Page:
Table 2 shows the mean values and differences in keratometric measurements between the two devices. Of the anterior corneal curvature, there was a statistically significant difference in Ks and Kastig (p < 0.001), but not in Kf (p = 0.687). All posterior corneal measurements including Ks, Kf, and Kastig showed statistically significant differences between the two devices (p < 0.001). In TCP, like the results of anterior corneal curvature, statistically significant differences were observed in TCP of the steep meridian of cornea (p = 0.002) and astigmatism of TCP (p < 0.001), but not in TCP of the flat meridian of cornea (p = 0.058). Vectoral component analysis of astigmatism revealed statistically significant differences in J0 and J45 of anterior, posterior, and total astigmatism (p < 0.001) except J0 of posterior astigmatism (p = 0.410). There were strong positive correlations in Ks, Kf, Kastig between the two devices (r > 0.81, p < 0.001) (Table 3). However, for the J45 vector of posterior astigmatism, there was a weak positive correlation between the two devices (r = 0.39, p = 0.004). Other vectoral components were significantly correlated showing strong positive correlation (r > 0.78, p < 0.001) (Table 3). Bland-Altman analyses for Ks, Kf, and Kastig in anterior and posterior corneal curvatures and TCP between ANTERION and Pentacam HR showed clinically poor agreement. However, J0 and J45 measurements showed clinically good agreement with narrow LoA range in anterior and posterior, total astigmatism (Table 3 and Fig. 2A–2O).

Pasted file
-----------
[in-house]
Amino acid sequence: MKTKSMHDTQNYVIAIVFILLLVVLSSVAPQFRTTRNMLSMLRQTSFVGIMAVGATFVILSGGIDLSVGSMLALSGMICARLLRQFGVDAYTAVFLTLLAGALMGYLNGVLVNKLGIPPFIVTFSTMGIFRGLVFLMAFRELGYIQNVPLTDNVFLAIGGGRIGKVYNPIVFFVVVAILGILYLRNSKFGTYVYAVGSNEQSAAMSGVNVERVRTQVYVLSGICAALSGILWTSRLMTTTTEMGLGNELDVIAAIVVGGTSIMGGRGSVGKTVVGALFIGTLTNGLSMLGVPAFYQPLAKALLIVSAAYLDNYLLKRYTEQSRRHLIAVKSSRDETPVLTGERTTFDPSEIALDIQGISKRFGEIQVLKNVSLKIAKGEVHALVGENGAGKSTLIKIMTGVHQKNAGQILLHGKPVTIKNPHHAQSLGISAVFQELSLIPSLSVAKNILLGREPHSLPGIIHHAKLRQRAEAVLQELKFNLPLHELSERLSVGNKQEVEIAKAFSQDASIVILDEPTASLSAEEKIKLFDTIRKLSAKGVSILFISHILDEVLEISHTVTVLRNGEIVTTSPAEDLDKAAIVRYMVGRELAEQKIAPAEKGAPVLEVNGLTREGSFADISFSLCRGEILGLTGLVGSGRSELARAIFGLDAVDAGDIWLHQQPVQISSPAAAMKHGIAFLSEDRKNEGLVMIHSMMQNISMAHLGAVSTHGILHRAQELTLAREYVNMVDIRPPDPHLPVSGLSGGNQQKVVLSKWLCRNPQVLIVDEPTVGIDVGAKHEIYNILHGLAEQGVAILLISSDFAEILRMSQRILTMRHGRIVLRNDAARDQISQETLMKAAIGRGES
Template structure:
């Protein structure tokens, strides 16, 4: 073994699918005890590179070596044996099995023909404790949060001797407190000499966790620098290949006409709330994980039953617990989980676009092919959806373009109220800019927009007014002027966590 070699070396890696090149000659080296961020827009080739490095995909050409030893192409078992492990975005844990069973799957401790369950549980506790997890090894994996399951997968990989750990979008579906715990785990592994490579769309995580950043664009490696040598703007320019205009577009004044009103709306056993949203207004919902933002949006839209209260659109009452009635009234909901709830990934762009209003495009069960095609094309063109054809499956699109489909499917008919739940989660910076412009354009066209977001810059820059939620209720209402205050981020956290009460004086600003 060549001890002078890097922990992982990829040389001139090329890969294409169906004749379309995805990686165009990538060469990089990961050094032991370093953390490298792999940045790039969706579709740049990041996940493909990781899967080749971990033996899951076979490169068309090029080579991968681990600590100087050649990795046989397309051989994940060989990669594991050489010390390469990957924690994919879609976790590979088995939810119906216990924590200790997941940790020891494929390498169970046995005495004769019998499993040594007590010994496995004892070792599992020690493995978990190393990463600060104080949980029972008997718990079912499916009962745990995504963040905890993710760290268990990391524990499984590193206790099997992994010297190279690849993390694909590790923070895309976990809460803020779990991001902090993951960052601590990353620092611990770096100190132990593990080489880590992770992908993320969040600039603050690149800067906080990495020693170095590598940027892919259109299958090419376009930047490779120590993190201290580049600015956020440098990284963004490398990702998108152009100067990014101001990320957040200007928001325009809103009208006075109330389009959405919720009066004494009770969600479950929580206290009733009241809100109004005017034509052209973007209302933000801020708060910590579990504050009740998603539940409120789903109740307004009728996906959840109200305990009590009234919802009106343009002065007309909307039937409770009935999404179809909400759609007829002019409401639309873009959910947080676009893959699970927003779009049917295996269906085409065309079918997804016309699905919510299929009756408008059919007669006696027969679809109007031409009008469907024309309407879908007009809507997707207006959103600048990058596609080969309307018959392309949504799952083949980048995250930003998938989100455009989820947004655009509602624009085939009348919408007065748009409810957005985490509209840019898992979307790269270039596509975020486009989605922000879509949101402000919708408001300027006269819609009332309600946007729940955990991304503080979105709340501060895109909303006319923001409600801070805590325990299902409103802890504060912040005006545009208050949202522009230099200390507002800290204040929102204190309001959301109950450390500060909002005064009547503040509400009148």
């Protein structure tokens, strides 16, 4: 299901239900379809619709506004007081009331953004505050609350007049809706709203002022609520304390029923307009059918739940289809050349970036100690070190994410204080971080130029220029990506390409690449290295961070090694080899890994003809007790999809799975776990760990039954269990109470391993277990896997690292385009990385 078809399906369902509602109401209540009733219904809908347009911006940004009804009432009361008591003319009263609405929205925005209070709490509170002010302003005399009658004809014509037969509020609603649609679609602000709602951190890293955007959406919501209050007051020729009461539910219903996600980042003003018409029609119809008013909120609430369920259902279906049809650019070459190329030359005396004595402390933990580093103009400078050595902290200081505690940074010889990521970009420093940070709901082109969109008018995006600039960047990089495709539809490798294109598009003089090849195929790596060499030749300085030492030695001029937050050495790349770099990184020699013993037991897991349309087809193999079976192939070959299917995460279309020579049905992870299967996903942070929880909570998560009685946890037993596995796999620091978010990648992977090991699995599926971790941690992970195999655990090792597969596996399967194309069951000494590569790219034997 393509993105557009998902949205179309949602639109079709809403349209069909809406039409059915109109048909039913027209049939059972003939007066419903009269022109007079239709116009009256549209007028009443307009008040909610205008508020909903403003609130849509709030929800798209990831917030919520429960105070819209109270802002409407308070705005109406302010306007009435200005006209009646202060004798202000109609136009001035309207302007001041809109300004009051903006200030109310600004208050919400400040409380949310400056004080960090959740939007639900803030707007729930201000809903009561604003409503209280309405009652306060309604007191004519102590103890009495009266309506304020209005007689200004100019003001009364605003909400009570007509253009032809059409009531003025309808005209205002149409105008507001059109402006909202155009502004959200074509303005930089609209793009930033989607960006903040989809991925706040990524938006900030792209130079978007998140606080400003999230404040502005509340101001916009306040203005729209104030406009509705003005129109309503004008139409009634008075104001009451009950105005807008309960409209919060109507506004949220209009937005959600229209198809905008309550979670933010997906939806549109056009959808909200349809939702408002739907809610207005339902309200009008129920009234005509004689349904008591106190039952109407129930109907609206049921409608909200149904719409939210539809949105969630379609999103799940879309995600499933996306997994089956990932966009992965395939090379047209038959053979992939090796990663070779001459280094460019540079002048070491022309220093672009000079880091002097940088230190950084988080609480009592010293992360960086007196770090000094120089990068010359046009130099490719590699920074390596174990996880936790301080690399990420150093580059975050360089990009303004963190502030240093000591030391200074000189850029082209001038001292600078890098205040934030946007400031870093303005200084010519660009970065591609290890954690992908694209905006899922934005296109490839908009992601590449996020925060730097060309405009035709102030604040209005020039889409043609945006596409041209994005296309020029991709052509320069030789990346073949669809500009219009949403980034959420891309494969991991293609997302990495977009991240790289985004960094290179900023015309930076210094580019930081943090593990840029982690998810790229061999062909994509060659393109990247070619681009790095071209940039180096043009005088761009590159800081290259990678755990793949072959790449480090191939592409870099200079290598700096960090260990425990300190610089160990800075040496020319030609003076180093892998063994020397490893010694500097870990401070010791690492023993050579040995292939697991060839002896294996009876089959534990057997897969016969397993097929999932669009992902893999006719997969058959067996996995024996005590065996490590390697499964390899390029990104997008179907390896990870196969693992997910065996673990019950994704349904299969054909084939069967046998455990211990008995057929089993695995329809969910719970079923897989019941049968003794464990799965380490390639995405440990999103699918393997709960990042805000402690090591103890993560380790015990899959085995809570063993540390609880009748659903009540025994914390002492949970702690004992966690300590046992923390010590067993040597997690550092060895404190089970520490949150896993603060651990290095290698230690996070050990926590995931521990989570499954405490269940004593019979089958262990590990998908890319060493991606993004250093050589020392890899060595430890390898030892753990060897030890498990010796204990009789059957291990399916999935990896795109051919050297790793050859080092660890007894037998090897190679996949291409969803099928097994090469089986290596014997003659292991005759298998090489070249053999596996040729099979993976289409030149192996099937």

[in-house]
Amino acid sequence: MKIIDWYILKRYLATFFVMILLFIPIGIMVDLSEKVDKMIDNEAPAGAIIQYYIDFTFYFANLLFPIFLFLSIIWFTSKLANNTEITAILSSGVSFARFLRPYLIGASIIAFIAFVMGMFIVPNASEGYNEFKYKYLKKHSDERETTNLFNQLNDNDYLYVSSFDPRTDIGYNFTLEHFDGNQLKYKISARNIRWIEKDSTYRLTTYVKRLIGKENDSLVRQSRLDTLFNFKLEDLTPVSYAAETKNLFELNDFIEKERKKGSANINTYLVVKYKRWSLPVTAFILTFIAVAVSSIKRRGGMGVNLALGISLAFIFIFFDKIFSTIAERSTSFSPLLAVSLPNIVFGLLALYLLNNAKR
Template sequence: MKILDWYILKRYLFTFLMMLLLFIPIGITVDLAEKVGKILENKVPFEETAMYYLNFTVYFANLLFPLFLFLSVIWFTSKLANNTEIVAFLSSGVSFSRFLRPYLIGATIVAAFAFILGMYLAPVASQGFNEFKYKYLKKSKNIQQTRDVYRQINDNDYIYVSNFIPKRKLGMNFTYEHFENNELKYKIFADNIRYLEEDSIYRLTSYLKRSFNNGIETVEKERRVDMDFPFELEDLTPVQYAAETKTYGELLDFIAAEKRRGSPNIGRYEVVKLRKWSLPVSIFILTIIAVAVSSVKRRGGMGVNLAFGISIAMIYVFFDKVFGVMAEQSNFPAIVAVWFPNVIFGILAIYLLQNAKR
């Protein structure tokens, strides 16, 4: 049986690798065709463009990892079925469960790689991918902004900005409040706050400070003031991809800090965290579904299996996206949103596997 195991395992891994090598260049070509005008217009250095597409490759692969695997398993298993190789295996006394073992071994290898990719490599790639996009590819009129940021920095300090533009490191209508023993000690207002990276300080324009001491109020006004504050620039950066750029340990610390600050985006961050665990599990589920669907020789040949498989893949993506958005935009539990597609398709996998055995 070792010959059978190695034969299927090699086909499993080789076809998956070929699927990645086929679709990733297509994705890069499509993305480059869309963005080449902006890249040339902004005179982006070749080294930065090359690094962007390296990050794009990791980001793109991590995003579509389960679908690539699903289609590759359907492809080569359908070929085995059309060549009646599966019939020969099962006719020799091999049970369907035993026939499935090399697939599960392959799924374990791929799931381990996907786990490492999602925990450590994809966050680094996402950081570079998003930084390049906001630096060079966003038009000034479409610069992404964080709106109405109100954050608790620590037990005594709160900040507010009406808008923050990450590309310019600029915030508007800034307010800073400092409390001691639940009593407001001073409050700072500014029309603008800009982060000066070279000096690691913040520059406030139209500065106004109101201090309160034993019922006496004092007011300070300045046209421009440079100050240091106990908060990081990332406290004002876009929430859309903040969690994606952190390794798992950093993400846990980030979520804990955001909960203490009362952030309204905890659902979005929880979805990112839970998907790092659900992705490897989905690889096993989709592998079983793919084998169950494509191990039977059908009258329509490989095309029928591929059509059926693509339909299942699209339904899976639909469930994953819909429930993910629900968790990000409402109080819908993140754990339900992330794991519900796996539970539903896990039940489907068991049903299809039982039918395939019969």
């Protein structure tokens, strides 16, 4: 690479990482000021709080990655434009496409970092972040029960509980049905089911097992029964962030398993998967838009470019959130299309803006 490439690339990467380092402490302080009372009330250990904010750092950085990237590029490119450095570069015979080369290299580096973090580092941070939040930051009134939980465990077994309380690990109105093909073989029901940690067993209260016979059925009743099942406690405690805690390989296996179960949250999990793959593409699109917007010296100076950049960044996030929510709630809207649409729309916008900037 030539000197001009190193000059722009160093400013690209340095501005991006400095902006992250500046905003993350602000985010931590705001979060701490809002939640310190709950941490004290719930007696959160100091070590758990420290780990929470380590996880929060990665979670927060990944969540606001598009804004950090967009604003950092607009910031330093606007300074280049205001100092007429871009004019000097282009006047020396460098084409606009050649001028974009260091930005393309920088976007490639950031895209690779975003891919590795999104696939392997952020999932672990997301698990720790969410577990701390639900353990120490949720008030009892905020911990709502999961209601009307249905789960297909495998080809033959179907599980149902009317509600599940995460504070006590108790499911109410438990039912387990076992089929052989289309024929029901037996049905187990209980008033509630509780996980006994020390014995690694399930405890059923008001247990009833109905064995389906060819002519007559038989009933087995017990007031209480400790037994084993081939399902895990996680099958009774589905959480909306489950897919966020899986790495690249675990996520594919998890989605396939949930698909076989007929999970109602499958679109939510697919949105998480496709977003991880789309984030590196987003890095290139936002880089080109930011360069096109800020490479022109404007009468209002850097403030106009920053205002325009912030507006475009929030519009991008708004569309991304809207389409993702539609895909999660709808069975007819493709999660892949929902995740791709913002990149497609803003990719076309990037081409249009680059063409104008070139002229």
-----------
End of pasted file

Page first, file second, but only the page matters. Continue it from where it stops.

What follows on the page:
Comparison of ANTERION and Pentacam HR measurements in keratometry and astigmatism

Correlation and agreement of keratometry between ANTERION and Pentacam HR

Fig. 2

Agreement of keratometry and astigmatism between ANTERION and Pentacam HR. Solid line showed the mean difference, and the other line showed the 95% limits of agreement. (A) Anterior steep keratometry. (B) Anterior flat keratometry. (C) Anterior corneal astigmatism. (D) Anterior vector J0. (E) Anterior vector J45. (F) Posterior steep keratometry. (G) Posterior flat keratometry. (H) Posterior corneal astigmatism. (I) Posterior vector J0. (J) Posterior vector J45. (K) Total corneal power of steep meridian. (L) Total corneal power of flat meridian. (M) Total corneal power astigmatism. (N) Total vector J0. (O) Total vector J45. D = diopter.

Higher-order aberrations

There were statistically significant differences in the vertical coma, horizontal trefoil, spherical aberration, and RMS of the fifth and sixth order (p = 0.043, p = 0.041, p < 0.001, and p < 0.001, respectively) (Table 4). There was a significant positive correlation in almost all HOAs, but not in the horizontal trefoil and RMS of the fifth and sixth order (Table 5). The total RMS of HOAs was measured at 0.43 ± 0.12 μm for ANTERION and 0.40 ± 0.13 μm for Pentacam HR, and there was no statistically significant difference (p = 0.122). Fig. 3A–3J shows the Bland-Altman plots for HOAs. The mean differences (95% LoA range) were −0.01 ± 0.17 μm (−0.35 to 0.33) for oblique trefoil, −0.04 ± 0.13 μm (−0.31 to 0.23) for the vertical coma, 0.00 ± 0.08 μm (−0.15 to 0.17) for the horizontal coma, −0.05 ± 0.18 μm (−0.43 to 0.32) for the horizontal trefoil, −0.05 ± 0.18 μm (−0.09 to 0.24) for the spherical aberration, and 0.02 ± 0.14 μm (−0.24 to 0.30) for the total RMS of HOAs. There was no systemic or proportional bias in the Bland-Altman analysis in keratometry and HOAs.